It was the lure of the 23rd century that brought me into the 21st century style of TV viewing.
I had heard about streaming services, of course, but didn’t quite know how they worked. Out on the prairie east of Colorado Springs, we don’t have cable but we did have a satellite TV service, and we were content in our TV watching.
Then came “Star Trek: Discovery” on what was then CBS’ new streaming service CBS All Access (now called Paramount+). I am a “Trek” fan from the days of the original series. (Trekker? Trekkie? I’m fine with either and have the phaser, tricorder and Starfleet uniform to prove it.) But I was missing out on “Star Trek: Discovery,” though once the first season wrapped, I was able to buy it on DVD.
After devouring that first season, I was hooked enough that I knew I didn’t want to wait until season two came out on DVD as well.
So my wife and I dipped our toes into the streaming waters, getting a Roku device for our TV and subscribing to CBS All Access. We weren’t sure how our internet service would handle streaming, but it handled it just fine.
The subscription was $6 a month. And it got me thinking. We were paying a whopping $150 or so a month for our satellite service. I could subscribe to a handful of streaming services, have access to a host of new programming and pay only a fraction of what I’d been paying.
I didn’t want to lose our local stations though. But with an antenna, we were able to get the local network affiliates over the air plus some channels I wasn’t familiar with. The Laff channel is always good for, well, a laugh. And there’s Heroes and Icons, with five hours of “Trek” every weeknight!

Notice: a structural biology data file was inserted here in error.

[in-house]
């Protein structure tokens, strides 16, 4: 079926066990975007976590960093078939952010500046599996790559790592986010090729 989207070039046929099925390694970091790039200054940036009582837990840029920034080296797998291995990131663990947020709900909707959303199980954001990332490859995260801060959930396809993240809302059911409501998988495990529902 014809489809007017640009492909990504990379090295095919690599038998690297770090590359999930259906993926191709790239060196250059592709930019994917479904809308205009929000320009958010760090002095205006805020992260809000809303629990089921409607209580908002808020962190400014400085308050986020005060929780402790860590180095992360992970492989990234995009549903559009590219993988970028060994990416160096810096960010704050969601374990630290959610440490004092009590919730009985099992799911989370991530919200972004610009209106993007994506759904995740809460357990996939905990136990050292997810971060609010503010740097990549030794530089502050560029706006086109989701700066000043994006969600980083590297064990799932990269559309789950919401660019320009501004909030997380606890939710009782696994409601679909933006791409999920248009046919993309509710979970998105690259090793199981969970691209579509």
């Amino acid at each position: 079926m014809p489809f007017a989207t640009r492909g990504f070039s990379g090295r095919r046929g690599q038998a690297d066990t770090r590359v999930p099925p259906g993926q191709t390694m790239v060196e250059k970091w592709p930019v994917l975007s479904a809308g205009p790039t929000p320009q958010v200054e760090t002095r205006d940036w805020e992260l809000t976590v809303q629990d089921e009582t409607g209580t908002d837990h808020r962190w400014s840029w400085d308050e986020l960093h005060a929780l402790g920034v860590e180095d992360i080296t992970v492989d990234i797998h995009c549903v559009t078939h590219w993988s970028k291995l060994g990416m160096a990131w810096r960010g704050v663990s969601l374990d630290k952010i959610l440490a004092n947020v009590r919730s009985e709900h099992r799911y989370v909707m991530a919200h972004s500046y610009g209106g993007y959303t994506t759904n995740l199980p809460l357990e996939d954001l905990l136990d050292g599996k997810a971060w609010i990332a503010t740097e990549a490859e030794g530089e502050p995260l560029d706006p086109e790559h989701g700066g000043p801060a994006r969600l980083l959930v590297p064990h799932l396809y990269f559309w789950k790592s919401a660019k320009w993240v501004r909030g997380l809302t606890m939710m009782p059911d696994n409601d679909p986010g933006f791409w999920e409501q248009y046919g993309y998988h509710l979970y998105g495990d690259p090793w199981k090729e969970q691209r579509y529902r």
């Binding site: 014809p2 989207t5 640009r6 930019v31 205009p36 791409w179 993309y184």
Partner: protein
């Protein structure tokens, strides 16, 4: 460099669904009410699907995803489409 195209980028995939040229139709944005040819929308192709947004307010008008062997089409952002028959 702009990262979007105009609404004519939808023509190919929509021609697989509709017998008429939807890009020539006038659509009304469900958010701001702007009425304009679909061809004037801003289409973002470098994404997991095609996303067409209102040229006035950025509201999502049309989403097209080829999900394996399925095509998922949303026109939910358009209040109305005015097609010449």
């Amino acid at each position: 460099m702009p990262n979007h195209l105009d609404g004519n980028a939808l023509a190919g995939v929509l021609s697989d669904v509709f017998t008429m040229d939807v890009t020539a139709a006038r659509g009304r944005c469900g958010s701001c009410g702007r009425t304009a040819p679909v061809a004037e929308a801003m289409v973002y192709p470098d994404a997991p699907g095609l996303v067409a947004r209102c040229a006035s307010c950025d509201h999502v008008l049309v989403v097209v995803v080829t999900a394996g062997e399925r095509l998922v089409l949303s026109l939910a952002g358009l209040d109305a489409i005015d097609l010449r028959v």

My choice of streaming services was driven largely by my nerd passions. We went with Hulu because it is to be the home of “The Orville,” Seth MacFarlane’s homage to the “Trek” world, after it left Fox. We chose HBO Max because it is home to all things DC Comics-related and Disney+ because it’s home to all things Marvel Comics-related. (Netflix would have won if it had continued its Marvel programming.) And, most recently, we subscribed to Discovery+ because it provides us our fill of home-renovation shows.
The world of streaming has taken some getting used to. We no longer have that handy channel guide. Nor can we mindlessly flip through scores of channels until we stumble across something we care about; streaming is more destination TV.
But we have found plenty of treasures — and the pleasures of binge-watching, if an episode a night of, say, “True Blood” counts as binge-watching. “The Handmaid’s Tale” was another series we consumed; a new season is coming this spring. And the recently concluded “Wandavision” was must-see TV over its nine episodes on Disney+.
Oddly, though, we have lately been rooted in the past despite all these exciting new options available through our remote; we’ve faithfully been watching the original “Star Trek” on Heroes and Icons and old episodes of “The West Wing” on HBO Max. We have a season and a half left to revisit, then it’ll be time for a new obsession.